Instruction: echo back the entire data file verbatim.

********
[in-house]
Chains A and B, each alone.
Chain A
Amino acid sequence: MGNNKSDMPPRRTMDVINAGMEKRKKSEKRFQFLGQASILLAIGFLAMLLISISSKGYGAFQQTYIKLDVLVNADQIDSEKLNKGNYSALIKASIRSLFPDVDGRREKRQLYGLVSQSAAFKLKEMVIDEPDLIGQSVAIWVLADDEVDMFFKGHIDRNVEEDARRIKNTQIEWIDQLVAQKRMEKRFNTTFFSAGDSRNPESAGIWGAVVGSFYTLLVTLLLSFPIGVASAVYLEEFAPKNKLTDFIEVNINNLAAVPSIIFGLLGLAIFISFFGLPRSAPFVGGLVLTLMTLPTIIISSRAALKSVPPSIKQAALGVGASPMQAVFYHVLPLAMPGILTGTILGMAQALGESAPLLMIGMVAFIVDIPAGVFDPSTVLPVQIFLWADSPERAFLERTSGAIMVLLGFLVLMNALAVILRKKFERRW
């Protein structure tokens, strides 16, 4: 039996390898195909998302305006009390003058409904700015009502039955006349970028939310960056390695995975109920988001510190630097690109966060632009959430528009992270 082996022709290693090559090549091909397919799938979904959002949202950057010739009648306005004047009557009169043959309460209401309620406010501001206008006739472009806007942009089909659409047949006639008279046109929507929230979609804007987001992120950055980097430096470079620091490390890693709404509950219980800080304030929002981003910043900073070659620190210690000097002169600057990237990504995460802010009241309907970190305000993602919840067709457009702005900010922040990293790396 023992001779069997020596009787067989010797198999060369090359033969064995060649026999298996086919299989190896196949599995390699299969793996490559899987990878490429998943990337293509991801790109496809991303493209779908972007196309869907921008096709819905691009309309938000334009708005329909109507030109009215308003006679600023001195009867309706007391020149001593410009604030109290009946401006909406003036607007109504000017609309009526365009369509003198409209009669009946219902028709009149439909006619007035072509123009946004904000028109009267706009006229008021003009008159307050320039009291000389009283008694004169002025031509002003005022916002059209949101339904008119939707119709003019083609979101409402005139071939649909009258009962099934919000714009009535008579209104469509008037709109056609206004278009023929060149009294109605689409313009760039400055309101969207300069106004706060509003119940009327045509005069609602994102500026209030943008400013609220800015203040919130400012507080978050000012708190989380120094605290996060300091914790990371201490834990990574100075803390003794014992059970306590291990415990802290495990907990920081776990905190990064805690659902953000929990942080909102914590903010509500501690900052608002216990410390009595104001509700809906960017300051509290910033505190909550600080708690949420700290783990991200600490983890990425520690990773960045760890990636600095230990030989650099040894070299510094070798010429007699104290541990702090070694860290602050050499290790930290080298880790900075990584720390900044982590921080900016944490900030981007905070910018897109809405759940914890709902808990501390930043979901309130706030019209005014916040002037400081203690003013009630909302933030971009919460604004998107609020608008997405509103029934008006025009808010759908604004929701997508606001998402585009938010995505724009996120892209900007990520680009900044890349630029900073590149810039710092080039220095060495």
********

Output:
[in-house]
Chains A and B, each alone.
Chain A
Amino acid sequence: MGNNKSDMPPRRTMDVINAGMEKRKKSEKRFQFLGQASILLAIGFLAMLLISISSKGYGAFQQTYIKLDVLVNADQIDSEKLNKGNYSALIKASIRSLFPDVDGRREKRQLYGLVSQSAAFKLKEMVIDEPDLIGQSVAIWVLADDEVDMFFKGHIDRNVEEDARRIKNTQIEWIDQLVAQKRMEKRFNTTFFSAGDSRNPESAGIWGAVVGSFYTLLVTLLLSFPIGVASAVYLEEFAPKNKLTDFIEVNINNLAAVPSIIFGLLGLAIFISFFGLPRSAPFVGGLVLTLMTLPTIIISSRAALKSVPPSIKQAALGVGASPMQAVFYHVLPLAMPGILTGTILGMAQALGESAPLLMIGMVAFIVDIPAGVFDPSTVLPVQIFLWADSPERAFLERTSGAIMVLLGFLVLMNALAVILRKKFERRW
């Protein structure tokens, strides 16, 4: 039996390898195909998302305006009390003058409904700015009502039955006349970028939310960056390695995975109920988001510190630097690109966060632009959430528009992270 082996022709290693090559090549091909397919799938979904959002949202950057010739009648306005004047009557009169043959309460209401309620406010501001206008006739472009806007942009089909659409047949006639008279046109929507929230979609804007987001992120950055980097430096470079620091490390890693709404509950219980800080304030929002981003910043900073070659620190210690000097002169600057990237990504995460802010009241309907970190305000993602919840067709457009702005900010922040990293790396 023992001779069997020596009787067989010797198999060369090359033969064995060649026999298996086919299989190896196949599995390699299969793996490559899987990878490429998943990337293509991801790109496809991303493209779908972007196309869907921008096709819905691009309309938000334009708005329909109507030109009215308003006679600023001195009867309706007391020149001593410009604030109290009946401006909406003036607007109504000017609309009526365009369509003198409209009669009946219902028709009149439909006619007035072509123009946004904000028109009267706009006229008021003009008159307050320039009291000389009283008694004169002025031509002003005022916002059209949101339904008119939707119709003019083609979101409402005139071939649909009258009962099934919000714009009535008579209104469509008037709109056609206004278009023929060149009294109605689409313009760039400055309101969207300069106004706060509003119940009327045509005069609602994102500026209030943008400013609220800015203040919130400012507080978050000012708190989380120094605290996060300091914790990371201490834990990574100075803390003794014992059970306590291990415990802290495990907990920081776990905190990064805690659902953000929990942080909102914590903010509500501690900052608002216990410390009595104001509700809906960017300051509290910033505190909550600080708690949420700290783990991200600490983890990425520690990773960045760890990636600095230990030989650099040894070299510094070798010429007699104290541990702090070694860290602050050499290790930290080298880790900075990584720390900044982590921080900016944490900030981007905070910018897109809405759940914890709902808990501390930043979901309130706030019209005014916040002037400081203690003013009630909302933030971009919460604004998107609020608008997405509103029934008006025009808010759908604004929701997508606001998402585009938010995505724009996120892209900007990520680009900044890349630029900073590149810039710092080039220095060495």